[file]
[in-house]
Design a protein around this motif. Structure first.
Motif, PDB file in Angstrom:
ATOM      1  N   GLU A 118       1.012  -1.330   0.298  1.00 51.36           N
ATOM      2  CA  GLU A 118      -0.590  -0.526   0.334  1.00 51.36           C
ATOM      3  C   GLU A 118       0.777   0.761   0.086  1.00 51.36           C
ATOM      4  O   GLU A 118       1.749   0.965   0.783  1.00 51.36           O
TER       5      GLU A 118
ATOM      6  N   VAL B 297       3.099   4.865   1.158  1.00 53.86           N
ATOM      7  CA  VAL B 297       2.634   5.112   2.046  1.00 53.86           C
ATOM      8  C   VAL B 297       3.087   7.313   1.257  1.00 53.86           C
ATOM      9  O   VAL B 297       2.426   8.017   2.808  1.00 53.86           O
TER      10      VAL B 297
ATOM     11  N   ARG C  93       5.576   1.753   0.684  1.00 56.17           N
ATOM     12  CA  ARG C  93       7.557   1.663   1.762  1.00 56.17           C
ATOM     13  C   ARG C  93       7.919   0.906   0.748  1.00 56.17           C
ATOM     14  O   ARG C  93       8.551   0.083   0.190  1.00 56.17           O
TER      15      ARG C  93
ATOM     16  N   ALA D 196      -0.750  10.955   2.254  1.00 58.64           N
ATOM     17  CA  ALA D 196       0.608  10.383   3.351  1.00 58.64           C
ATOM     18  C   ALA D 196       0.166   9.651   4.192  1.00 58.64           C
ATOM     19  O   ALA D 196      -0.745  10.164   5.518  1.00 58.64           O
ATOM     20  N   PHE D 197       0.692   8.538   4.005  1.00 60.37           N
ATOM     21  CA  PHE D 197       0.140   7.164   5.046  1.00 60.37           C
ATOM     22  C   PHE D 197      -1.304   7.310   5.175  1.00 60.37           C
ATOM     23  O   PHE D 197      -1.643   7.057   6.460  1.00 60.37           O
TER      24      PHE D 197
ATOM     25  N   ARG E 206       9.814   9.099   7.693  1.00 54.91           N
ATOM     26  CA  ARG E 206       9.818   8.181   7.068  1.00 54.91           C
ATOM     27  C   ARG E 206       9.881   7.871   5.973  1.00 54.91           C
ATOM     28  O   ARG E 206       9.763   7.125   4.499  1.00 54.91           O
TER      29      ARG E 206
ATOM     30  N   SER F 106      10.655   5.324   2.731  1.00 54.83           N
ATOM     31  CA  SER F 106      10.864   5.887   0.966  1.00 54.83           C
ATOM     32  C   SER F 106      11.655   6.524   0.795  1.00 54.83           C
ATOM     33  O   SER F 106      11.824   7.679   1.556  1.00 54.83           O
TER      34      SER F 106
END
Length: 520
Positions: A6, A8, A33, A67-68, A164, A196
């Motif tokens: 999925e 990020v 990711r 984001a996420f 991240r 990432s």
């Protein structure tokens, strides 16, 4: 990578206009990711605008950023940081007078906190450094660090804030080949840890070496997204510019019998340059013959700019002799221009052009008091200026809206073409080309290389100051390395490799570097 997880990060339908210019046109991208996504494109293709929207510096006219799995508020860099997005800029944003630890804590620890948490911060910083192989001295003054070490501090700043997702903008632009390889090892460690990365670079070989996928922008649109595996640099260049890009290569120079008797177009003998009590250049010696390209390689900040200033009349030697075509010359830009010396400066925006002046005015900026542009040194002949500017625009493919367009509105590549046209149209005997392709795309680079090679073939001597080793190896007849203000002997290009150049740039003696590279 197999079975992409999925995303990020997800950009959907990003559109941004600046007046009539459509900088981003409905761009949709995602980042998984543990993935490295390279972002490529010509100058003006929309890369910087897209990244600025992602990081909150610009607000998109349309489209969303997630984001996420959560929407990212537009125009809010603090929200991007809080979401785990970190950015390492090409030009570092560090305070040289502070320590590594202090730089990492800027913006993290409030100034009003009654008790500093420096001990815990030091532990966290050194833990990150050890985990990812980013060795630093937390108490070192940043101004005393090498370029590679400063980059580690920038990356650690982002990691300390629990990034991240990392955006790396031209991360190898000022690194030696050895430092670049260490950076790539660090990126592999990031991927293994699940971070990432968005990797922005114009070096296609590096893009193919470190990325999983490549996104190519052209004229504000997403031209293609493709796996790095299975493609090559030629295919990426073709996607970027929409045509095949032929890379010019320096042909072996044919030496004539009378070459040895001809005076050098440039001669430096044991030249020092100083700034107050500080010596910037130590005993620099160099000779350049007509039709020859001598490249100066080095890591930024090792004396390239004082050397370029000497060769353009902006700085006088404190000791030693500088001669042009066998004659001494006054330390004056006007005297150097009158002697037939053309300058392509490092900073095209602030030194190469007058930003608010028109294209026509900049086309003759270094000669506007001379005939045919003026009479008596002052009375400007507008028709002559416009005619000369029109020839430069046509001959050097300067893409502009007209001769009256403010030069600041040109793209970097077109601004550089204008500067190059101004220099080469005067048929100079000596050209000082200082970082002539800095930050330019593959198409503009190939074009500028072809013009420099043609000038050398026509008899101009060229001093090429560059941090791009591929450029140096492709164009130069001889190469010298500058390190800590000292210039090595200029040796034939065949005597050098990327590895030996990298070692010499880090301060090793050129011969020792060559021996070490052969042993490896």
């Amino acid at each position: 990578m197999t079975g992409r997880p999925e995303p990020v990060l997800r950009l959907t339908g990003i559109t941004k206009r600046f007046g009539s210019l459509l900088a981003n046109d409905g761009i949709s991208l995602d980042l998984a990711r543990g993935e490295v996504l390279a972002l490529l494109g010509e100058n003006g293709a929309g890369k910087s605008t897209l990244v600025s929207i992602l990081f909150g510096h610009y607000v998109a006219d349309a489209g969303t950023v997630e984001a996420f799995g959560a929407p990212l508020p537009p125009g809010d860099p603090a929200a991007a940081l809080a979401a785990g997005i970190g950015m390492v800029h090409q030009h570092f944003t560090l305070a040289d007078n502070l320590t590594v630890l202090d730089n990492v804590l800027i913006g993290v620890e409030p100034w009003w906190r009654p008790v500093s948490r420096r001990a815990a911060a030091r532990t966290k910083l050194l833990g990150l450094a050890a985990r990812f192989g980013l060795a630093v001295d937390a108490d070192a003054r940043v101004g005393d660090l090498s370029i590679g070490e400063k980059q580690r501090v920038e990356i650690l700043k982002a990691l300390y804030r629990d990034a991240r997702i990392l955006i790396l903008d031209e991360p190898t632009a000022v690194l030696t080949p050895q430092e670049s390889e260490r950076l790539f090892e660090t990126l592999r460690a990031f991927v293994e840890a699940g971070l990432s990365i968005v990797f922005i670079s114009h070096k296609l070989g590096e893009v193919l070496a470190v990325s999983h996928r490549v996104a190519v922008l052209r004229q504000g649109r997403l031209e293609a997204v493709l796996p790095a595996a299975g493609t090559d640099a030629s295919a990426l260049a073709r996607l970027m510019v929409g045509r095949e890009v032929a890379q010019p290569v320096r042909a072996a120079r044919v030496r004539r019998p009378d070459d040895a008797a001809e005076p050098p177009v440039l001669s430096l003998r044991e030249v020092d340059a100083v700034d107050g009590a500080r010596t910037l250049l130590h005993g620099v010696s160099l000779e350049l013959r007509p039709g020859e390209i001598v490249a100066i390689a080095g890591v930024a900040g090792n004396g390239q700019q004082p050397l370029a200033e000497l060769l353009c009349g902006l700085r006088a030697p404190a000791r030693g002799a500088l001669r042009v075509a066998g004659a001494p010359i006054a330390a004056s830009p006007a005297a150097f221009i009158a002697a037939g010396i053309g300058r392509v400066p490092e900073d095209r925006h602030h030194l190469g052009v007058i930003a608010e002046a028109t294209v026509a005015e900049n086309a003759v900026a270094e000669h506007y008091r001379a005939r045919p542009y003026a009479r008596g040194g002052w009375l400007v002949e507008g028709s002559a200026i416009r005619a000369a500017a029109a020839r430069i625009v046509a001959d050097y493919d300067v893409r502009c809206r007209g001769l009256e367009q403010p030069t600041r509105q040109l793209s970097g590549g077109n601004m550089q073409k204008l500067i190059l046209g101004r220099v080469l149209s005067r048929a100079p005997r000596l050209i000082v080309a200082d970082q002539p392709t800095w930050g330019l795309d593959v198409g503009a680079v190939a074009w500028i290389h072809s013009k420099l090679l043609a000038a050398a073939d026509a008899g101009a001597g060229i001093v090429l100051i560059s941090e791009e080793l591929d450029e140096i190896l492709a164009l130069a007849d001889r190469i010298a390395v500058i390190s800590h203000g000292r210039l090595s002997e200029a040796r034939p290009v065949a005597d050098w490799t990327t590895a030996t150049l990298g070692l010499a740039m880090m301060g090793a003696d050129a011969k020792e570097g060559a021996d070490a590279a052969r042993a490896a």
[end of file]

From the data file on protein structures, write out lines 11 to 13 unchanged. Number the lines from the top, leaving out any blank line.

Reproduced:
ATOM      8  C   VAL B 297       3.087   7.313   1.257  1.00 53.86           C
ATOM      9  O   VAL B 297       2.426   8.017   2.808  1.00 53.86           O
TER      10      VAL B 297